In mathematical logic, an **axiom schema** (plural: **axiom schemata** or **axiom schemas**) generalizes the notion of axiom.

## Formal definition

An axiom schema is a formula in the metalanguage of an axiomatic system, in which one or more schematic variables appear. These variables, which are metalinguistic constructs, stand for any term or subformula of the system, which may or may not be required to satisfy certain conditions. Often, such conditions require that certain variables be free, or that certain variables not appear in the subformula or term^{[citation needed]}.

## Finite axiomatization

Given that the number of possible subformulas or terms that can be inserted in place of a schematic variable is countably infinite, an axiom schema stands for a countably infinite set of axioms. This set can usually be defined recursively. A theory that can be axiomatized without schemata is said to be *finitely axiomatized*. Theories that can be finitely axiomatized are seen as a bit more metamathematically elegant, even if they are less practical for deductive work.^{[citation needed]}

## Examples

Two well known instances of axiom schemata are the:

- induction schema that is part of Peano's axioms for the arithmetic of the natural numbers;
- axiom schema of replacement that is part of the standard ZFC axiomatization of set theory.

Czesław Ryll-Nardzewski proved that Peano arithmetic cannot be finitely axiomatized, and Richard Montague proved that ZFC cannot be finitely axiomatized.^{[1]} Hence, the axiom schemata cannot be eliminated from these theories. This is also the case for quite a few other axiomatic theories in mathematics, philosophy, linguistics, etc.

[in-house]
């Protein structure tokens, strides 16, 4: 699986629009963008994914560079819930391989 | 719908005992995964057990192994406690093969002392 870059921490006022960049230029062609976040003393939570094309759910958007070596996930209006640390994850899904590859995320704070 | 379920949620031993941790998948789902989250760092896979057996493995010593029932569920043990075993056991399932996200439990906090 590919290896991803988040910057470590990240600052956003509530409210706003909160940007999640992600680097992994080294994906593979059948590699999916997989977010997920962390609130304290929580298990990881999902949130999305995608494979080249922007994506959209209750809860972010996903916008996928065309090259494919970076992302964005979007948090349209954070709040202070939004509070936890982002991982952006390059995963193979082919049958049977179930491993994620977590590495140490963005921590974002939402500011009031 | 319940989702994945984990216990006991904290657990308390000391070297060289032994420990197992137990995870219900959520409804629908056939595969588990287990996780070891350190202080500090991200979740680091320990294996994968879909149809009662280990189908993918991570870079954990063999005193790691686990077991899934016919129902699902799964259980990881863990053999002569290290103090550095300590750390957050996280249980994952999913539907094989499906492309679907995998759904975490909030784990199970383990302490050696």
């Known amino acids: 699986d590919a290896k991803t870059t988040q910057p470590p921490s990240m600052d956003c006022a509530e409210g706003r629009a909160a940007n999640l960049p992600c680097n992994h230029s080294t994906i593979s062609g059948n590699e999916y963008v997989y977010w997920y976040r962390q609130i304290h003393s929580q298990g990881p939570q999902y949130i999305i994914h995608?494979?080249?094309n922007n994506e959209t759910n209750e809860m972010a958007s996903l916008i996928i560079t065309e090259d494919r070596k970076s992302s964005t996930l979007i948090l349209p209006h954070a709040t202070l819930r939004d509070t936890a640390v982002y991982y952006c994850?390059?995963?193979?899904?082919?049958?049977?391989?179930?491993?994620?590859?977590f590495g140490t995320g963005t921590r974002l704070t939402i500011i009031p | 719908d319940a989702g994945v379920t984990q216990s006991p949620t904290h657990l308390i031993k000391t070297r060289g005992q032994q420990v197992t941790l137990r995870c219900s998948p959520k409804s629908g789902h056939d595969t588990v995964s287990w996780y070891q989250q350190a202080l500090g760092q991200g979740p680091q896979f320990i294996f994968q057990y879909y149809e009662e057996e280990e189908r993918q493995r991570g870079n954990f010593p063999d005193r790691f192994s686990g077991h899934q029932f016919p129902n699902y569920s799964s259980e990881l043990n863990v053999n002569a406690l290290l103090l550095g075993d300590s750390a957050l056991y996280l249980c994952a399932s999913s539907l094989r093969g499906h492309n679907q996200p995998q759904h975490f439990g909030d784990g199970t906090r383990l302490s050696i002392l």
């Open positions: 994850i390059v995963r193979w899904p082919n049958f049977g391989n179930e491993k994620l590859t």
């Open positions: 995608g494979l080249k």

## Finitely axiomatized theories

All theorems of ZFC are also theorems of von Neumann–Bernays–Gödel set theory, but the latter can be finitely axiomatized. The set theory New Foundations can be finitely axiomatized, but only with some loss of elegance.

## In higher-order logic

Schematic variables in first-order logic are usually trivially eliminable in second-order logic, because a schematic variable is often a placeholder for any property or relation over the individuals of the theory. This is the case with the schemata of *Induction* and *Replacement* mentioned above. Higher-order logic allows quantified variables to range over all possible properties or relations.

## See also

## Notes

This article includes a list of general references, but it remains largely unverified because it lacks sufficient corresponding inline citations. (May 2016) |

**^**Czesław Ryll-Nardzewski 1952; Richard Montague 1961.

## References

- Corcoran, John (2006), "Schemata: the Concept of Schema in the History of Logic",
*Bulletin of Symbolic Logic*,**12**: 219–240. - Corcoran, John (2016). "Schema". In Zalta, Edward N. (ed.).
*Stanford Encyclopedia of Philosophy*. - Mendelson, Elliott (1997),
*An Introduction to Mathematical Logic*(4th ed.), Chapman & Hall, ISBN 0-412-80830-7. - Montague, Richard (1961), "Semantic Closure and Non-Finite Axiomatizability I", in Samuel R. Buss (ed.),
*Infinitistic Methods: Proceedings of the Symposium on Foundations of Mathematics*, Pergamon Press, pp. 45–69. - Potter, Michael (2004),
*Set Theory and Its Philosophy*, Oxford University Press, ISBN 9780199269730. - Ryll-Nardzewski, Czesław (1952), "The role of the axiom of induction in elementary arithmetic" (PDF),
*Fundamenta Mathematicae*,**39**: 239–263.